The Church of the Annunciation is bound on one side by Western Way, and on the other by housing. Because of this tight space, says architect Chris Ryan, the build was a challenge.

“You’ve got the planning regulations, the building regulations, the fire regulations, disability regulations. It was a bit of a jolt trying to get all of those to gel,” says Ryan.

Throughout construction, Ryan observed the men and women from the community come and go, depending on their skills. “It was an old-fashioned meitheal, as we say in Irish,” he says.

The group of labourers applied to Dublin City Council for extensions to work late hours, laboured Saturdays, and transformed the derelict youth club over nine months.

“Coming together they were motivated by what they can achieve,” says Fr Craciun. “That is an extraordinary thing.”

[CORRECTION: This article was updated on Thursday 1 June at 10.23am, to correct the spellings of the surnames of Fr Craciun and Mihai Oprisan. Sorry for the errors.] 

Cónal Thomas

Cónal Thomas is a city reporter for Dublin Inquirer.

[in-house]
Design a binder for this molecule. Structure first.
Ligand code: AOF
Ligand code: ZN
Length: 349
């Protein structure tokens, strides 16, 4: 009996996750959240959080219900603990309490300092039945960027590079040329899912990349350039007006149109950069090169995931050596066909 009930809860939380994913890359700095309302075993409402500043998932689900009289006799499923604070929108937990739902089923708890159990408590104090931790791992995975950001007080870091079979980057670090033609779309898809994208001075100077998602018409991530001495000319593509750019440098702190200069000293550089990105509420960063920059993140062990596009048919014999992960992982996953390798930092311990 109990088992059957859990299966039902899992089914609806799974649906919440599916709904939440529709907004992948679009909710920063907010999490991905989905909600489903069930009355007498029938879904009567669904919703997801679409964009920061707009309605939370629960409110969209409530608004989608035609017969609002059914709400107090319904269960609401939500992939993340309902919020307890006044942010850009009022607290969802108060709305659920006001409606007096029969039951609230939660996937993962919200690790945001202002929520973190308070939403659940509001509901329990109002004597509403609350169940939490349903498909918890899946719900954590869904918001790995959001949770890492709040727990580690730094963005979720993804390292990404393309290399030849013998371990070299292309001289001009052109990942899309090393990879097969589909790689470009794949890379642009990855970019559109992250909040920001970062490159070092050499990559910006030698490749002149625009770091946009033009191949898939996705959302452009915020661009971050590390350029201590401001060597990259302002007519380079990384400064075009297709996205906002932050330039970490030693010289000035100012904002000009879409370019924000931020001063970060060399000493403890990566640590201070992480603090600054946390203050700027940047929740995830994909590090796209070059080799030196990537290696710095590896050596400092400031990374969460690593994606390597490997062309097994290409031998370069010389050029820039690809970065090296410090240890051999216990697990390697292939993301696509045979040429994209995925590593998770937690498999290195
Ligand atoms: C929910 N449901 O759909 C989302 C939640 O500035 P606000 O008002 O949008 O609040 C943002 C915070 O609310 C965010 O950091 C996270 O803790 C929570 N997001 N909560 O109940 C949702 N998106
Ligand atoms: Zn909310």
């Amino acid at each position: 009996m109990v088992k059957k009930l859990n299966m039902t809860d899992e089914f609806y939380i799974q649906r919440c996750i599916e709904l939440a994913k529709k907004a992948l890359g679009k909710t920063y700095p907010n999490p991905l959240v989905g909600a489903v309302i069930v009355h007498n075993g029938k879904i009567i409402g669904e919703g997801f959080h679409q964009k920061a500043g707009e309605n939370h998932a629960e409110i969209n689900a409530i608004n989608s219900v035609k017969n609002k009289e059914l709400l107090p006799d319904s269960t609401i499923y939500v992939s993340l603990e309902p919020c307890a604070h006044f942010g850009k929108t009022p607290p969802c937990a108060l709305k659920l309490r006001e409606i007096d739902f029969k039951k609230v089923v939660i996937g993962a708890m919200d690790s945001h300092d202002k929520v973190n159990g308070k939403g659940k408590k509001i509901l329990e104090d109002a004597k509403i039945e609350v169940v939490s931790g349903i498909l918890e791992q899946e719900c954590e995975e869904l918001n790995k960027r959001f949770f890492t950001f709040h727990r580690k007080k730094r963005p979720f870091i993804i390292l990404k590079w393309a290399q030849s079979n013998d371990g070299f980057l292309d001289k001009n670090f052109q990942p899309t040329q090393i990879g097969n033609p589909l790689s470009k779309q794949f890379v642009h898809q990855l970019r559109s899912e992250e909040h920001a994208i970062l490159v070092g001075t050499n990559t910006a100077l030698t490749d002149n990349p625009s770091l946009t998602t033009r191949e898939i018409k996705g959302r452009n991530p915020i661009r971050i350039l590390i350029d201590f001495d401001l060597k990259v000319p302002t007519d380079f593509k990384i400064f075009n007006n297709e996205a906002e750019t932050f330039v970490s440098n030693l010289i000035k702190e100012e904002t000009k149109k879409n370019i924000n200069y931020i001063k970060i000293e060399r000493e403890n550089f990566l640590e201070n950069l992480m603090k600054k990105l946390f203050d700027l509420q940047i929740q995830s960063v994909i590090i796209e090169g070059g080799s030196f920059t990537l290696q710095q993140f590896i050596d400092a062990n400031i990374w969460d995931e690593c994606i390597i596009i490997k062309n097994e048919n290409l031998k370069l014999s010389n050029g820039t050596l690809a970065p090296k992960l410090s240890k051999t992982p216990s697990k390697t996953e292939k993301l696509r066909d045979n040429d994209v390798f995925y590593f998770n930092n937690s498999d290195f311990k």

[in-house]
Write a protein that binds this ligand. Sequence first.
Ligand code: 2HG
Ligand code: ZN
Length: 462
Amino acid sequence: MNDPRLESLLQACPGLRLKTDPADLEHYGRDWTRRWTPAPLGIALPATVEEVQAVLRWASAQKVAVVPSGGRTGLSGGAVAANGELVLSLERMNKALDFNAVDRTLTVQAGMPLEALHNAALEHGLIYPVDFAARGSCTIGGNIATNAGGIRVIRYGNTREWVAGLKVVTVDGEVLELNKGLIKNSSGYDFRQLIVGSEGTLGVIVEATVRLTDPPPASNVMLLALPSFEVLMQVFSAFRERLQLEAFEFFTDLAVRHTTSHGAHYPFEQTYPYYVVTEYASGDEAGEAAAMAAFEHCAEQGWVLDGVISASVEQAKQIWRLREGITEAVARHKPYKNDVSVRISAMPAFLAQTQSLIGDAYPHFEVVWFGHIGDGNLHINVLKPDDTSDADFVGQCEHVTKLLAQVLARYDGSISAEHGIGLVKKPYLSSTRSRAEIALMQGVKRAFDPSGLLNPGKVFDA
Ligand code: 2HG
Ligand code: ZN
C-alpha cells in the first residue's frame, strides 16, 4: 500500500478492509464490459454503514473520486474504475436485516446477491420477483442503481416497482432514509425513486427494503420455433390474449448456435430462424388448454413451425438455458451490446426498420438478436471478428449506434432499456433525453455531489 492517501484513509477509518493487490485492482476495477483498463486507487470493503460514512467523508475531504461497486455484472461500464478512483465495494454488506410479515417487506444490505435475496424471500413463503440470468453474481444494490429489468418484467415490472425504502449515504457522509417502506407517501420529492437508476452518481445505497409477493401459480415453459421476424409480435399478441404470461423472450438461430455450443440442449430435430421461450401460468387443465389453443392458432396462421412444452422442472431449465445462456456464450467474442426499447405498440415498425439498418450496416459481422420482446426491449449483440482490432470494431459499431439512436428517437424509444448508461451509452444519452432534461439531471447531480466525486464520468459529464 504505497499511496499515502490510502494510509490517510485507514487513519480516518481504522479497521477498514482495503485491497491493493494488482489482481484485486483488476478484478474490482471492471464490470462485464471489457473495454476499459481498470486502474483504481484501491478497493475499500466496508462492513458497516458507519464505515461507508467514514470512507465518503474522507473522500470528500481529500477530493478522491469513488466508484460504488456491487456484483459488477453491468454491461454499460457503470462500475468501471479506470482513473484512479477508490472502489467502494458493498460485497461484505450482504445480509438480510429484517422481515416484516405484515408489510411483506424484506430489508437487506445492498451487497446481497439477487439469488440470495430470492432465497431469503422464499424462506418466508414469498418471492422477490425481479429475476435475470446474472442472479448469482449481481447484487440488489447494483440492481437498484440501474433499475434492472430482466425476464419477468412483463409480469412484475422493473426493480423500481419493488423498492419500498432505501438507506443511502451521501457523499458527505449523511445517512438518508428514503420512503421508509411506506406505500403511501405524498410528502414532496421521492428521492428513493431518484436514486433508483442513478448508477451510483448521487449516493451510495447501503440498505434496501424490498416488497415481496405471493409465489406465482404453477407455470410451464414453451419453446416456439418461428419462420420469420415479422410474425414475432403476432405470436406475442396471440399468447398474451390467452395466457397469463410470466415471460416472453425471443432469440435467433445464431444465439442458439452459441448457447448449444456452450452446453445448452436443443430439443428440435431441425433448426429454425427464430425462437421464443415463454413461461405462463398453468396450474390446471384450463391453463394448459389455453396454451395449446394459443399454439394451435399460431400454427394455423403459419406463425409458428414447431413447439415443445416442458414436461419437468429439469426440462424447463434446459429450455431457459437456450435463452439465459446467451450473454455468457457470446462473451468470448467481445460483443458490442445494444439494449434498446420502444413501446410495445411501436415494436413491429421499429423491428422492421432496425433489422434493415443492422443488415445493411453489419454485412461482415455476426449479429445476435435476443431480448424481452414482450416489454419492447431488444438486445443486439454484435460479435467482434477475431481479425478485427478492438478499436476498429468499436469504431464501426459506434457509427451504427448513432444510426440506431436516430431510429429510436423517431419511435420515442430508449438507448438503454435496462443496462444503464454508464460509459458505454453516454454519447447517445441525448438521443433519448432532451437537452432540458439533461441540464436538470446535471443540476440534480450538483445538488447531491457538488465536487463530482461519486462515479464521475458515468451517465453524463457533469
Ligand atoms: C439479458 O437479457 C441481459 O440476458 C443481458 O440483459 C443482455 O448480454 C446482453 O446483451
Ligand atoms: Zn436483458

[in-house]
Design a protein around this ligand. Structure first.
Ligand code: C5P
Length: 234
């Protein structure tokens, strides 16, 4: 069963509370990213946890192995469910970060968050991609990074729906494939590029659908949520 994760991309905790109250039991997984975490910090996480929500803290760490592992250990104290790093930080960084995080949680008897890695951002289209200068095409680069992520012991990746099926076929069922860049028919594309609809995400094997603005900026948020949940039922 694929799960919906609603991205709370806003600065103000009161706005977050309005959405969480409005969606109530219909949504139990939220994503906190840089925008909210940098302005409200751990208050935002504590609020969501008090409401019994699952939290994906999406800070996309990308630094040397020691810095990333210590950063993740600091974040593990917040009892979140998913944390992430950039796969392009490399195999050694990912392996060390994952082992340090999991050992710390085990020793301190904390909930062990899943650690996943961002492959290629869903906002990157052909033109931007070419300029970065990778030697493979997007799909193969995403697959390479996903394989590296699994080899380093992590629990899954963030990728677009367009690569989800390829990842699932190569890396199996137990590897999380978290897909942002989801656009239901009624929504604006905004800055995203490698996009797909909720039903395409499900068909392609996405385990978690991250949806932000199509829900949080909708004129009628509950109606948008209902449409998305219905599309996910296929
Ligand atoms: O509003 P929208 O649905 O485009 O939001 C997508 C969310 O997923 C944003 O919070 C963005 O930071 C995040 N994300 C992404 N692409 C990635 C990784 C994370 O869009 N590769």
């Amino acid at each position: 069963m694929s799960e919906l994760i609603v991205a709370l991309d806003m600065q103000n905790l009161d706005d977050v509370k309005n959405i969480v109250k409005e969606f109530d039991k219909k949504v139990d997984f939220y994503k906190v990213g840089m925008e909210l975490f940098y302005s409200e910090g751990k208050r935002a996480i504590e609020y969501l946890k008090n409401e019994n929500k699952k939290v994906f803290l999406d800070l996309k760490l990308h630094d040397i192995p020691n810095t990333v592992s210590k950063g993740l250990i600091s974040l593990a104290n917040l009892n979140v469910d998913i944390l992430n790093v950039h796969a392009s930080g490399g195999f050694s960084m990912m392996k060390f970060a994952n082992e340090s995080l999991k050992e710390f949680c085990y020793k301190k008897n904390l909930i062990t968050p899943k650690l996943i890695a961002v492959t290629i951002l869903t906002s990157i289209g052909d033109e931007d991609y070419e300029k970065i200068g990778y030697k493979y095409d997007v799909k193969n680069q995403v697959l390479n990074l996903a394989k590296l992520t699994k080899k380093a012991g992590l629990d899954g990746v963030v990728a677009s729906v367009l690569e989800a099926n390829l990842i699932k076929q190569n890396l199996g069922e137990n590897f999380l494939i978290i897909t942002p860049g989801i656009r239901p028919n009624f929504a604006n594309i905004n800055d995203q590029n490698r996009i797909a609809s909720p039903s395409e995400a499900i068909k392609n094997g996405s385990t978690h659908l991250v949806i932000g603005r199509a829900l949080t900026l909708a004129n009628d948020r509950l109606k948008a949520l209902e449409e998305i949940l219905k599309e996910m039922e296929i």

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  1. Driving along Western Way these last few months and finally noticing an Orthodox Cross on the roof of a building, drew me finally this evening to confirm what I felt on first looking; the making of an Orthodox Church. ‘Western Way’ and here we are looking to the original East and Eastern Orthodox, the ‘right belief’.

    I did stop outside this evening and asked a family was this a new Church and where did they come from?
    Romania was the reply. I congratulate the Romanian community in their efforts to create a beautiful Church in the spirit of Orthodox Christianity in an often neglected part of Dublin City. Adjacent are many other fine cultural buildings and areas including the City of Dublin Hugh Lane Gallery, Gardens of Remembrance and The Rotunda Hospital, the foundation stone of which was laid under Royal Charter in 1745 and has occupied its present site since 1757.

    May this new Orthodox Church have an equally long life for its community.